Describing Smells

While describing smells, I find that I almost always rely on descripters from several other senses, more so than when I am describing something I see. For example, I see a beautiful sunset, and I think orange flames, marshmallow clouds. Or  egg-yolk dripping down the sky. But when I smell a perfume, for example, I think it smells yellow, or purple. Low-pitched like violets, or higher toned like spicy roses. I might even think that it reminds me of the first time I watched a thunderstorm.

I first wondered whether this discrepancy  was because  we have spent more time, as a society, describing  visual objects and therefore have enough adjectives to do so. While, when it comes to smell, we are somewhat behind and therefore borrow already established sensory descripters from vision and audition. Also it is possible, that we often define things by how they look and so a visual attribute is invariably bound to any sensory object. All this may be true, to some extent, but I do think there is something more. Possibly even a neurobiological basis for the multi-sensory manner in which we perceive smell. When I smell something, I don’t just use visual or auditory descriptors because I can’t find olfactory ones, but I actually experience smell in terms of multiple senses: colors, sounds and tactile sensations, generating crossmodal metaphors. Isn’t that the case with many of you?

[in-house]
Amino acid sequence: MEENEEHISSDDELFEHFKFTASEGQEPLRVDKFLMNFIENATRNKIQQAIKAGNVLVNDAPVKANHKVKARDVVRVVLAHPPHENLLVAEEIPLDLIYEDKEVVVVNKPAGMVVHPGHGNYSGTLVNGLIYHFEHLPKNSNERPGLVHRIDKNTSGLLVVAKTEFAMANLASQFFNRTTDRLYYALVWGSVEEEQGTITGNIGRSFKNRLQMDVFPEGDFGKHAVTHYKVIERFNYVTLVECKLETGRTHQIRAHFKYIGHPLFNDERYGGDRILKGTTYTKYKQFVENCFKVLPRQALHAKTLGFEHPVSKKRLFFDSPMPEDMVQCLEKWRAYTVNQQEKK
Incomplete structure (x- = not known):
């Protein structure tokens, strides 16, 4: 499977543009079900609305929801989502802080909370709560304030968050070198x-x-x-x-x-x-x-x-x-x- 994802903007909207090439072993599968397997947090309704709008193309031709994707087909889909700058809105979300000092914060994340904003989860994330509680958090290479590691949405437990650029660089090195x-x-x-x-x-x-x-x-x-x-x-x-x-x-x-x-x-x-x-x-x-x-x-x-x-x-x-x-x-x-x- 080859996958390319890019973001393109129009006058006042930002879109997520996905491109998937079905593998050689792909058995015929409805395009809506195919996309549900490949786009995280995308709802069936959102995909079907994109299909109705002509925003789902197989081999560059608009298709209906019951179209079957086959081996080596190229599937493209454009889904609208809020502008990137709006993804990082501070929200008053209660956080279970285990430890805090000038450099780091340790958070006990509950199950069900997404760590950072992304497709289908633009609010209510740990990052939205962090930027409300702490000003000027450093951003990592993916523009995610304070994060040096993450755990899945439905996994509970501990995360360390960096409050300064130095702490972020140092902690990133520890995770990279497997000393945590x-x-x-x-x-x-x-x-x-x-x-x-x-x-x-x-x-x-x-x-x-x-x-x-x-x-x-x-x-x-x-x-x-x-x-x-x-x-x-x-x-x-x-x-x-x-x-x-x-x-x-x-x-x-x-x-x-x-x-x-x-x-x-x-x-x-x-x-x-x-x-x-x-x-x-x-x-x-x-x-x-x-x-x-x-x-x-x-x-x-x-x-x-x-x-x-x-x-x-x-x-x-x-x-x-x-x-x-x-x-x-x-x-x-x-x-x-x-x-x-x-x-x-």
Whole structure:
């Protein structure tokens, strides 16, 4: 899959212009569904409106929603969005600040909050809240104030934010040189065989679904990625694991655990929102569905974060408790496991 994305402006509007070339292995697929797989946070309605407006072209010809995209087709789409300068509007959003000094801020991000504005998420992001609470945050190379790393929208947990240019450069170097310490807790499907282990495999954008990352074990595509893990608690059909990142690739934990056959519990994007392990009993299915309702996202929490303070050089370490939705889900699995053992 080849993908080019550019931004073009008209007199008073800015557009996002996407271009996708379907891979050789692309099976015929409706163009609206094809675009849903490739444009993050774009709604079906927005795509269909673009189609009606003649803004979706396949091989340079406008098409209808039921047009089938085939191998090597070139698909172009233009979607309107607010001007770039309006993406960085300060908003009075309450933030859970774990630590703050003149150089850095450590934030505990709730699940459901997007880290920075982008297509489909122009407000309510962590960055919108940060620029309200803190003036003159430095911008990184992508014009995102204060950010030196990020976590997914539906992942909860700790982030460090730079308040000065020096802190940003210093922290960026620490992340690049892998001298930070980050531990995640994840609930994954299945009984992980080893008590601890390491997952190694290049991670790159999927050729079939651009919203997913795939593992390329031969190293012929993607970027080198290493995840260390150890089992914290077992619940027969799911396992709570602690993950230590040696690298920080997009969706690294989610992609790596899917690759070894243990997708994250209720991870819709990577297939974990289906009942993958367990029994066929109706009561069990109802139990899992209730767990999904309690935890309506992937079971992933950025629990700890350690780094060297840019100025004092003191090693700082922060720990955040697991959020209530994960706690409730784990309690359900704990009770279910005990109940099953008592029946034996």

From an evolutionary perspective, it seems to me that the hunter-gatherer humans probably used the visual and auditory senses to hunt for food, more so than they used smell. Smell probably was more part of the reward (‘Wow, that food smells/tastes amazing, let us hunt for more tomorrow!”) that acted as a propeller, intensifying the desire to hunt for more food. Thus when smell is more of a reward than a weapon, it is likely that you’d want a scent to evoke other sensory experiences, thus consolidating and reinforcing the olfactory experience, making it a more effective reward. Isn’t that possible?

I am not claiming any scientific basis for these arguments. This is just food for thought and I thought I’d chew on it for a bit..:).

                                        So, take a sniff and tell me: How do YOU describe a smell?

 
 Note 1 : I am reading some scientific literature on olfactory processing, so I will update this post if I find something illuminating
 
Photo Credit: http://www.flickr.com/photos/misteraitch/4064414208/lightbox/ via Creative Commons
Photo Credit: http://www.flickr.com/photos/pedrosimoes7/169983321/ via Creative Commons